As reported, the wild striped bass season is open; good news. The bad news is that the catch last week was low, demand screaming, leaving prices soaring. Hopefully, we will get a reversal later this week. Ground fishing continues to be limited to dabs and haddock. The cod fishery, once a New England mainstay, is now a shadow of its former self. Much of our cod production is coming from Iceland. Monkfish supply is OK, but much of the production is coming from scallop boats, with draggers producing less than desirable quality. We source our monk from set line fishery. Squid, another solid East Coast staple, is seeing more limited supply, a result of the very harsh winter in the Northeast. Commitments from our longtime squid processors should keep us relatively flush for this favored mollusk. We have passed the first quarter of the scallop season, and prices are reasonable for smaller sizes, staying firm on larger scallops. Foreboding clouds may be coming with news from Japan, a major driver in scallop prices, the balance of the season. Almost 50% of scallops used in the U.S. come from Japan in frozen form. Major storms last month have depleted as much as 40% of the Japanese scallop beds, taking 2-3 years to replenish. Price increases followed almost immediately, which is sure to effect the domestic market. News from the live lobster market is that June lobster prices are the highest since 2011 as supply concerns mount. Fishermen are waiting for warmer waters to catch up from a late start this season.
Twenty years ago, 80% of all oysters sold in the U.S. were shucked; today those numbers are reversed. Such demand has put strain on the system, especially during the summer months. This season on the West Coast is especially difficult with numerous closures, a result of very hot temperatures. New rules for the oyster industry dictate closure if the water temperature is over a certain level, regardless of vibrio detection. Combined with the normal summer spawn, West Coast variety is cut significantly. Even though choices are limited, supply remains good. East Coast is faring better from Maryland to Canada with numerous varieties. Oysters, like fine wine, are to be savored and enjoyed. As one of our oyster friends says, “Buy early, buy often.”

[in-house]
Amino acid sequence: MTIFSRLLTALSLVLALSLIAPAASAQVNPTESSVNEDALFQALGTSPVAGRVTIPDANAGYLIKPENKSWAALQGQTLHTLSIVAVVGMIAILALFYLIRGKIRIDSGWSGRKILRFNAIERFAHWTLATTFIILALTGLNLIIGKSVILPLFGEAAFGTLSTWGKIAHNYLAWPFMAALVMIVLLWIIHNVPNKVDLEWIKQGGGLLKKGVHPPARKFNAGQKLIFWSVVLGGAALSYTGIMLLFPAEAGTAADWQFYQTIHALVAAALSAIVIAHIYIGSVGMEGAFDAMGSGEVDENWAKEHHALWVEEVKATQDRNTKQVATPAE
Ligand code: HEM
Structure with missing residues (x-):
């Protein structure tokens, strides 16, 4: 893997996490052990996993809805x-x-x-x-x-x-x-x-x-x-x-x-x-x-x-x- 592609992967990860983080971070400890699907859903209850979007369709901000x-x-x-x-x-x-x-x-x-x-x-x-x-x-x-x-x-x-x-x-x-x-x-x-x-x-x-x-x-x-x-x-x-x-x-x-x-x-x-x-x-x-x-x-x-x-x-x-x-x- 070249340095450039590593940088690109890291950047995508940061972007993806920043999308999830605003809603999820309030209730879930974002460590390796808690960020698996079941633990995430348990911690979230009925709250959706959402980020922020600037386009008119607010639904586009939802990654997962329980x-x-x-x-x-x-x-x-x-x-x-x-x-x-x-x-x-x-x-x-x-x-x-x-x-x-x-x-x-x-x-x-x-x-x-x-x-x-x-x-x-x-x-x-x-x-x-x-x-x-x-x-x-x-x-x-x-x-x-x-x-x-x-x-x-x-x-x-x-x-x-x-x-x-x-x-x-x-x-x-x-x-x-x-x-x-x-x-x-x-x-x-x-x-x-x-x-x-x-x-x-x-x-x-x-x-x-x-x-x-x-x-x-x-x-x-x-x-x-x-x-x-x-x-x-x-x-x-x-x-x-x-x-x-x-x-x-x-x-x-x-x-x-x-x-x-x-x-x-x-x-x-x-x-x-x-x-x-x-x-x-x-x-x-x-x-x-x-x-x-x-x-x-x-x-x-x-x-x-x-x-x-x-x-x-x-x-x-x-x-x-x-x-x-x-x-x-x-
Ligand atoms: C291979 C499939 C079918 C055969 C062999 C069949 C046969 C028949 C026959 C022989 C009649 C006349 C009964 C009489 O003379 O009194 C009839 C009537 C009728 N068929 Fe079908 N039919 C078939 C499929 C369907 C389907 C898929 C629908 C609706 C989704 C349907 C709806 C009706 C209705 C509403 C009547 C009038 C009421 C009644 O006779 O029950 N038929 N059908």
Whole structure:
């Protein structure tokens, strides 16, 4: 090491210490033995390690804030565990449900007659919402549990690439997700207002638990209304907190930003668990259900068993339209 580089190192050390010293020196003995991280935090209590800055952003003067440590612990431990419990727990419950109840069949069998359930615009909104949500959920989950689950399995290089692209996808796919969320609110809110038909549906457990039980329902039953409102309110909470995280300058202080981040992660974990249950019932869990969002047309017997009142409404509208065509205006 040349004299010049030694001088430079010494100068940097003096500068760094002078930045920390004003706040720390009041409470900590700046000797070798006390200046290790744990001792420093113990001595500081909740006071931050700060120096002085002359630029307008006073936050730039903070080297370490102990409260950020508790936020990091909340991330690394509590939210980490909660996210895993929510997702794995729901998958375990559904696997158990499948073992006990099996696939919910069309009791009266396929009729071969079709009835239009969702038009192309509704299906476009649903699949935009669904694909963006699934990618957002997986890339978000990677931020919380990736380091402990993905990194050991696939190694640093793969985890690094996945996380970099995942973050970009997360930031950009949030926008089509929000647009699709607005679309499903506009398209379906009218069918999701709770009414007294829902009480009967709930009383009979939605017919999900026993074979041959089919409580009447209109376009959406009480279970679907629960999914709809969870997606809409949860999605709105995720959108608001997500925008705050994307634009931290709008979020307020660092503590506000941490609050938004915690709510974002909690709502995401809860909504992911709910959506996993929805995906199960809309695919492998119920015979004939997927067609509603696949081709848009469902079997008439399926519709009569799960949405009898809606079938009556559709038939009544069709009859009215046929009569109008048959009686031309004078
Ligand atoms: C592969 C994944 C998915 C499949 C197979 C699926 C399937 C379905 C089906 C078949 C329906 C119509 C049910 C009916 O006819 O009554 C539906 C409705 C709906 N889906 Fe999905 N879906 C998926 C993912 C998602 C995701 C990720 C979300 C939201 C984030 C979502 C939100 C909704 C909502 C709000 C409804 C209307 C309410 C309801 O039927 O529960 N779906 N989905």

Like everything else in the Northeast, hard shell clams have been affected by the very cold winter. We are getting adequate supply, but balance of the summer catch will be a challenge. Manila clams from the West Coast are weak this time of year. We are buying smaller volume several times a week to keep the clams as fresh as possible. Mussels are also under summer stress, but with proper care and rotation few issues should occur. Keep those mussels well iced and properly drained.
Tuna boats from our gulf fleet have seen their share of weather and low catch trips, but after a slow week they are showing some signs of better days. We had a short trip vessel in yesterday with a few nice yellowfins along with some by-catch of wahoo and domestic mahi. Swordfish has been steady and the Canadian harpoon season opened. After a decent opening salvo, the harpoon fishery is hitting somewhat of a snag this week. Imports are reasonably priced and quality fish has been available. Gulf snapper boats are turning around, volume is good, and quality excellent from short trip vessels. Our Gulf Wild snapper fishermen tag each fish individually, showing the exact 10-mile radius where fish was caught. Tag numbers, easily pulled up on mygulfwild.com, also give the name of boat and captain. Gulf Wild grouper from Destin, Florida, on the other hand, has been extremely scarce. Mahi has been very tight on the import side, carrying a big price tag. We will have some domestic mahi this week. Summer season and mahi do not mix very well, but we do carry good supply of frozen mahi fillets and portions.
As temperatures warm in the Great Lakes region, walleye dive deeper, making catch more difficult. Volume has been adequate and fish, for the most part, are larger. The frozen market is still tight to nonexistent for marketable-size pickerel. We are looking to get a frozen shipment soon. Whitefish, pike, and some lake perch are also cropping up.
The Hawaiian auction is up and down this time of year; one day over 100,000 lbs., the next 30,000 lbs. Some sword, but more limited than earlier runs, is available; good totals on opah, marlin, and tuna keep the coffers full. Monchong and albacores are also available. Our buyers send daily average prices on the day’s offerings, and we send a buy wish list with pricing parameters. Seasoned buyers then go to work to try and fill our orders. Fish from the auction is packed same day and shipped directly to Denver. Hawaiian Kampachi is steady, no changes. Fish sizes are hitting the 4 lbs. mark. Kampachi is a great summer special. Ask your rep to send you a piece or two today.
Director of Purchasing